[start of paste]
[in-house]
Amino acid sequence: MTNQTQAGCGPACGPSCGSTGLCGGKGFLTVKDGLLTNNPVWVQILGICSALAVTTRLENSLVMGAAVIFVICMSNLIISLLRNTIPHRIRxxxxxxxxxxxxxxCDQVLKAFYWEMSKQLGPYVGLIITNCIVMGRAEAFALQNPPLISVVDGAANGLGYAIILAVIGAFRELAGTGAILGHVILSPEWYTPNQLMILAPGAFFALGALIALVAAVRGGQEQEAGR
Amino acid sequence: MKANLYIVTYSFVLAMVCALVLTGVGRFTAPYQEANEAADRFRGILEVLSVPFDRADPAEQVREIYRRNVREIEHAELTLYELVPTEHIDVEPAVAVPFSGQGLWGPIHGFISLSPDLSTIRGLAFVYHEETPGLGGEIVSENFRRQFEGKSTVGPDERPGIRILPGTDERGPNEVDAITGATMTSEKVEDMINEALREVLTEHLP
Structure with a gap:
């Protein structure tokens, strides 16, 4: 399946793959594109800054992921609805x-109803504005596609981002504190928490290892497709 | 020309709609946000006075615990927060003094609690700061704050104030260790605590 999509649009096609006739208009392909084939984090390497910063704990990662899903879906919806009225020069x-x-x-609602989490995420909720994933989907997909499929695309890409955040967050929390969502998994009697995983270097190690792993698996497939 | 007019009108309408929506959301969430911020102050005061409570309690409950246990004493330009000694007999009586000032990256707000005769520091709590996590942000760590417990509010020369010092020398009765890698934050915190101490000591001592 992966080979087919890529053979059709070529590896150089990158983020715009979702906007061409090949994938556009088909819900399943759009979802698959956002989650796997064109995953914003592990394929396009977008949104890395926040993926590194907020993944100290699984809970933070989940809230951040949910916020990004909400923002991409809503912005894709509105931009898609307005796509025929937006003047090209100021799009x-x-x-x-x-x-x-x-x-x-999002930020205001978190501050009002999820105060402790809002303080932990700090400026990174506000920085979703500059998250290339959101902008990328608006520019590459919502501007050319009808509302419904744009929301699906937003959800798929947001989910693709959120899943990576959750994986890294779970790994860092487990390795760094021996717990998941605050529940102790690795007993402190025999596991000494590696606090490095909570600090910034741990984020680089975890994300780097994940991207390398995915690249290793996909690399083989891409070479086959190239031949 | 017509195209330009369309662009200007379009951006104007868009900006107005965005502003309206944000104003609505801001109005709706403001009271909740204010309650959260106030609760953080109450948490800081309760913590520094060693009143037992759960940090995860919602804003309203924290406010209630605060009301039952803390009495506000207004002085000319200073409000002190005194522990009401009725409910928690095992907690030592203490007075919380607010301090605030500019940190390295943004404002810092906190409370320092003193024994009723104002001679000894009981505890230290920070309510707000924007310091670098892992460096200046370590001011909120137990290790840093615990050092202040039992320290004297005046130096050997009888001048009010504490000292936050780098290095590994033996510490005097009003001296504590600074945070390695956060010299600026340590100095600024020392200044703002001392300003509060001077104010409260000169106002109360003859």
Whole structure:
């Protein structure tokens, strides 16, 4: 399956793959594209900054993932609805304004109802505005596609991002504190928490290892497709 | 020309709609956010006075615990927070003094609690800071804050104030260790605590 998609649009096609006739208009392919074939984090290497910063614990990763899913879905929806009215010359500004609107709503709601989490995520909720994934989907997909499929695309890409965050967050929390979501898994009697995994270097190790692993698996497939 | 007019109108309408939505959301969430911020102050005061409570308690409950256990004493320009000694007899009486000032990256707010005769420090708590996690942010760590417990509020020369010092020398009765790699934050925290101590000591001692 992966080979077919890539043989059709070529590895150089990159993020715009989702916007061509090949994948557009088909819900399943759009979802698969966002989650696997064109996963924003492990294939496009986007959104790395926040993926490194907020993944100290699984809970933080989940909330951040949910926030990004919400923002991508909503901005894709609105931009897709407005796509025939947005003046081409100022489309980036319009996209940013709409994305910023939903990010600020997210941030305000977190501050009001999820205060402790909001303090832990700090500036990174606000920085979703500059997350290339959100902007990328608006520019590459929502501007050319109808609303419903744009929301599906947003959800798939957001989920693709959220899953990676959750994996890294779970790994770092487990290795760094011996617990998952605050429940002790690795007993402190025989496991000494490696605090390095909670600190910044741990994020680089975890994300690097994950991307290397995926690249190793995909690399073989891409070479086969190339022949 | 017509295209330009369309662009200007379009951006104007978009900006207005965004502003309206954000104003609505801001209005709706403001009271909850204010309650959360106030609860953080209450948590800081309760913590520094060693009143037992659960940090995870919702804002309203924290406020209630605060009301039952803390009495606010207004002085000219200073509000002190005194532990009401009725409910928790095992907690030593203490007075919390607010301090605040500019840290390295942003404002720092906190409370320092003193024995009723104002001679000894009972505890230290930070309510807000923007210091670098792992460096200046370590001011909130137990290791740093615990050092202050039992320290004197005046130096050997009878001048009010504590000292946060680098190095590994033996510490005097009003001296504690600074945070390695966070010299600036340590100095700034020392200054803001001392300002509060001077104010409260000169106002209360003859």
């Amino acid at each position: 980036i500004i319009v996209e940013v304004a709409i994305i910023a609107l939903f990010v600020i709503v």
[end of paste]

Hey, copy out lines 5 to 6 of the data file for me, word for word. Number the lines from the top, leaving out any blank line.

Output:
């Protein structure tokens, strides 16, 4: 399946793959594109800054992921609805x-109803504005596609981002504190928490290892497709 | 020309709609946000006075615990927060003094609690700061704050104030260790605590 999509649009096609006739208009392909084939984090390497910063704990990662899903879906919806009225020069x-x-x-609602989490995420909720994933989907997909499929695309890409955040967050929390969502998994009697995983270097190690792993698996497939 | 007019009108309408929506959301969430911020102050005061409570309690409950246990004493330009000694007999009586000032990256707000005769520091709590996590942000760590417990509010020369010092020398009765890698934050915190101490000591001592 992966080979087919890529053979059709070529590896150089990158983020715009979702906007061409090949994938556009088909819900399943759009979802698959956002989650796997064109995953914003592990394929396009977008949104890395926040993926590194907020993944100290699984809970933070989940809230951040949910916020990004909400923002991409809503912005894709509105931009898609307005796509025929937006003047090209100021799009x-x-x-x-x-x-x-x-x-x-999002930020205001978190501050009002999820105060402790809002303080932990700090400026990174506000920085979703500059998250290339959101902008990328608006520019590459919502501007050319009808509302419904744009929301699906937003959800798929947001989910693709959120899943990576959750994986890294779970790994860092487990390795760094021996717990998941605050529940102790690795007993402190025999596991000494590696606090490095909570600090910034741990984020680089975890994300780097994940991207390398995915690249290793996909690399083989891409070479086959190239031949 | 017509195209330009369309662009200007379009951006104007868009900006107005965005502003309206944000104003609505801001109005709706403001009271909740204010309650959260106030609760953080109450948490800081309760913590520094060693009143037992759960940090995860919602804003309203924290406010209630605060009301039952803390009495506000207004002085000319200073409000002190005194522990009401009725409910928690095992907690030592203490007075919380607010301090605030500019940190390295943004404002810092906190409370320092003193024994009723104002001679000894009981505890230290920070309510707000924007310091670098892992460096200046370590001011909120137990290790840093615990050092202040039992320290004297005046130096050997009888001048009010504490000292936050780098290095590994033996510490005097009003001296504590600074945070390695956060010299600026340590100095600024020392200044703002001392300003509060001077104010409260000169106002109360003859």
Whole structure: